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unprovoked wars and ukraine has spotlighted the need to secure our medical supply chain so our economic and national security are not dependent on countries that do not share our values. >> biden in japan today and tomorrow we'll wrap up the meeting with the quad meeting tomorrow before flying back to washington. >> stephen engle joining us from hong kong. president biden -- we will get the reaction to all these geopolitical moves. of course steve just talked about supply chains, semiconductors in the pacific economic framework. the pushback against china. what has the potential to move markets in asia this week? >> all of those depending on how
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the situation develops in china. we have had a lot of optimism stopped by the fact that china's benchmark loan rate came down three times as much as economists estimated. 15 basis points instead of five, which was an unusually sharp move. previously has not been known for short moves especially on the easing front. china's economy faces a lot of concerns. there is a need for a follow-up to that. a lot of eyes will be looking at what comes out of china, but from a policy point of view and our chinese markets react, the times china stocks and bonds are stabilizing after having a pretty wretched few months, and that wretched few months has been a major drag on asia given how important china is. we will be watching for that.
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it has kind of been on the back burner for a while as the fighting became less hot. there is a growing issue of the supply chain and what joe biden was talking about was semiconductors. and the quite extraordinary situation with baby powder. who would have thought one factory going out of order would mean the u.s. has to airlift baby powder? that cannot be the kind of thing that helps risk sentiment when you can see how fragile even one of the world's most robust economies can be to the supply chain issues. >> garfield reynolds there. let's get you to vonnie quinn
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with the first word headlines. >> shanghai will start categorizing parts of the city by covid risk as authorities take new stops -- new steps to curb infections. starting next month, parts of shanghai will be designated low, medium, or high risk areas. 14 days without community infection will be considered low risk. medium entire restriction -- medium and high risk areas will be restricted to their homes. at least two cases of monkeypox in the u.s.. it is traditionally confined to regions in africa but infections have been rising in europe and north america. biden says it could be consequential and advisors are working on a plan. india has cut taxes on fuel as inflation hits households, farmers, and manufacturers. the government has waived import taxes on cooking coal.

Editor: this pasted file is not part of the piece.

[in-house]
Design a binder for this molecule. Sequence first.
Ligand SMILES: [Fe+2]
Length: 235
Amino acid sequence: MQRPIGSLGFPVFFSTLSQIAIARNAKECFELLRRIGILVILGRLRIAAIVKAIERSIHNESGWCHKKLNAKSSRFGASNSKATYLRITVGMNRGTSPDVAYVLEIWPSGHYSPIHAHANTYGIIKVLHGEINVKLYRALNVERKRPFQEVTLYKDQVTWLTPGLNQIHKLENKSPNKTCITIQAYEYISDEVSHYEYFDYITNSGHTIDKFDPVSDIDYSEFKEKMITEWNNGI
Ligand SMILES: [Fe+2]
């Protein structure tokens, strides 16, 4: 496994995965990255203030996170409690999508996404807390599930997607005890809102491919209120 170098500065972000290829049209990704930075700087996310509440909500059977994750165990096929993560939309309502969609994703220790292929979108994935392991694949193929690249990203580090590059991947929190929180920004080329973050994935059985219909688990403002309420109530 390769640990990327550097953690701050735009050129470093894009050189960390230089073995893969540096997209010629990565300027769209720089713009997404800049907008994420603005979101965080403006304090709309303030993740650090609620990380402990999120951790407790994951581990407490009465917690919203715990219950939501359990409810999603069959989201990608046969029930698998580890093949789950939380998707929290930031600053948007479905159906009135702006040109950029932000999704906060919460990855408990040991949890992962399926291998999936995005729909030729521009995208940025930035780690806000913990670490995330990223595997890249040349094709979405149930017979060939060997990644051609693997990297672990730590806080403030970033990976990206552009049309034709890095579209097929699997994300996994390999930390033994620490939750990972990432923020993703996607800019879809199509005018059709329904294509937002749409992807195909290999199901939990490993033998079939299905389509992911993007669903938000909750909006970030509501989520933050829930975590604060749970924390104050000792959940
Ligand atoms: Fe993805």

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the finance minister says the fuel tax cuts will cost around $13 billion annually. global news, 24 hours a day, on air and at quicktake by bloomberg, powered by more than 2700 journalists and analysts in more than 120 countries. i'm vonnie quinn. this is bloomberg. >> ahead, we speak to the u.s. -- the japanese ambassador to the u.s. about biden's indo pacific economic framework. >> plus the risks of global synchronized slowdown. this is bloomberg. ♪
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>> rising cost pressures will be a key issue for policymakers and business leaders at the world economic forum. we will also be watching fed minutes on wednesday, policy decisions do from new zealand and south korea as well. let's get more from the chief asia-pacific economist at the -- harvey getting the sense we are in the middle of a fairly synchronized global slowdown now? how can policymakers counter the risk of stagflation? >> we are there. we wish we were not but we are. we have to acknowledge the
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slowdown is happening. really there is a possibility of recession in the u.s. europe is not heading all the way to recession, but growth has come down. we were hoping around 4% for the year, it is going to be half. in china, it is not going to be recession. i do not think it is global recession but it is global -- global deceleration. inflation will be not double, which is good, but certainly not coming down. not coming down in the west. most importantly for asia. that is what we have seen already since the beginning of the year. in a way, for asia, this is an inflation year.
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>> where do we see a peek then? -- peak then? >> for the u.s. and europe, probably around peak -- probably a round peak. deceleration is happening faster than asia. this is happening in europe because of ukraine and in the u.s. because a very tight monetary policy. for asia because they are coming out of covid later and the opening up is happening later, they still have demand, that is why it lasts longer in asia. and supply chain disruptions were not as relevant in asia last year. we are already seeing all types of measures from export bands and food -- bans and food in the